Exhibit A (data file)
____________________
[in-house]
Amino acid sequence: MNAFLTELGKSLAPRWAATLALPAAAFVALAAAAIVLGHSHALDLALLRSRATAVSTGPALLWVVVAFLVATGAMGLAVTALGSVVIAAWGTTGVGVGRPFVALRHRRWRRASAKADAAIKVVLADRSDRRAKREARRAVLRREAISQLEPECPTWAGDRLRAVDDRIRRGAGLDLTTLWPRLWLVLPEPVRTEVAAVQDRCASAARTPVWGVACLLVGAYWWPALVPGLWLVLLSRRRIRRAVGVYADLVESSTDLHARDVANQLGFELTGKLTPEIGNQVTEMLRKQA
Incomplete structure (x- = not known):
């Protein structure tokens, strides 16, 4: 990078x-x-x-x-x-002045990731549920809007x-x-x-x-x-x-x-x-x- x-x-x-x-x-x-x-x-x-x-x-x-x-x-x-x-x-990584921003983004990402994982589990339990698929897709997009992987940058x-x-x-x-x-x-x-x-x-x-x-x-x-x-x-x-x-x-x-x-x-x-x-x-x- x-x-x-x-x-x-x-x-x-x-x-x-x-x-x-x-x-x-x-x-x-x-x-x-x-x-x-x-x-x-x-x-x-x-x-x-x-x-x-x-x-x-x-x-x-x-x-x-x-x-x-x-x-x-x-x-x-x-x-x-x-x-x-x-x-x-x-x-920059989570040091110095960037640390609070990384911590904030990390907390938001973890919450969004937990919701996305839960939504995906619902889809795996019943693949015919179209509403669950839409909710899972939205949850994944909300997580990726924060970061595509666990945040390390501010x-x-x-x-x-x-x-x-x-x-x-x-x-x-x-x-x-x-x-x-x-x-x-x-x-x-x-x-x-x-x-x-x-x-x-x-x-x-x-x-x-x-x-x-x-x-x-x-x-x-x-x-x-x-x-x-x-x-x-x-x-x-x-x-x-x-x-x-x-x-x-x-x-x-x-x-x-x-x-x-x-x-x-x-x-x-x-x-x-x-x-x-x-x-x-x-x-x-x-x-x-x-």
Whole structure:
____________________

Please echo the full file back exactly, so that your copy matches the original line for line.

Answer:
[in-house]
Amino acid sequence: MNAFLTELGKSLAPRWAATLALPAAAFVALAAAAIVLGHSHALDLALLRSRATAVSTGPALLWVVVAFLVATGAMGLAVTALGSVVIAAWGTTGVGVGRPFVALRHRRWRRASAKADAAIKVVLADRSDRRAKREARRAVLRREAISQLEPECPTWAGDRLRAVDDRIRRGAGLDLTTLWPRLWLVLPEPVRTEVAAVQDRCASAARTPVWGVACLLVGAYWWPALVPGLWLVLLSRRRIRRAVGVYADLVESSTDLHARDVANQLGFELTGKLTPEIGNQVTEMLRKQA
Incomplete structure (x- = not known):
């Protein structure tokens, strides 16, 4: 990078x-x-x-x-x-002045990731549920809007x-x-x-x-x-x-x-x-x- x-x-x-x-x-x-x-x-x-x-x-x-x-x-x-x-x-990584921003983004990402994982589990339990698929897709997009992987940058x-x-x-x-x-x-x-x-x-x-x-x-x-x-x-x-x-x-x-x-x-x-x-x-x- x-x-x-x-x-x-x-x-x-x-x-x-x-x-x-x-x-x-x-x-x-x-x-x-x-x-x-x-x-x-x-x-x-x-x-x-x-x-x-x-x-x-x-x-x-x-x-x-x-x-x-x-x-x-x-x-x-x-x-x-x-x-x-x-x-x-x-x-920059989570040091110095960037640390609070990384911590904030990390907390938001973890919450969004937990919701996305839960939504995906619902889809795996019943693949015919179209509403669950839409909710899972939205949850994944909300997580990726924060970061595509666990945040390390501010x-x-x-x-x-x-x-x-x-x-x-x-x-x-x-x-x-x-x-x-x-x-x-x-x-x-x-x-x-x-x-x-x-x-x-x-x-x-x-x-x-x-x-x-x-x-x-x-x-x-x-x-x-x-x-x-x-x-x-x-x-x-x-x-x-x-x-x-x-x-x-x-x-x-x-x-x-x-x-x-x-x-x-x-x-x-x-x-x-x-x-x-x-x-x-x-x-x-x-x-x-x-």
Whole structure: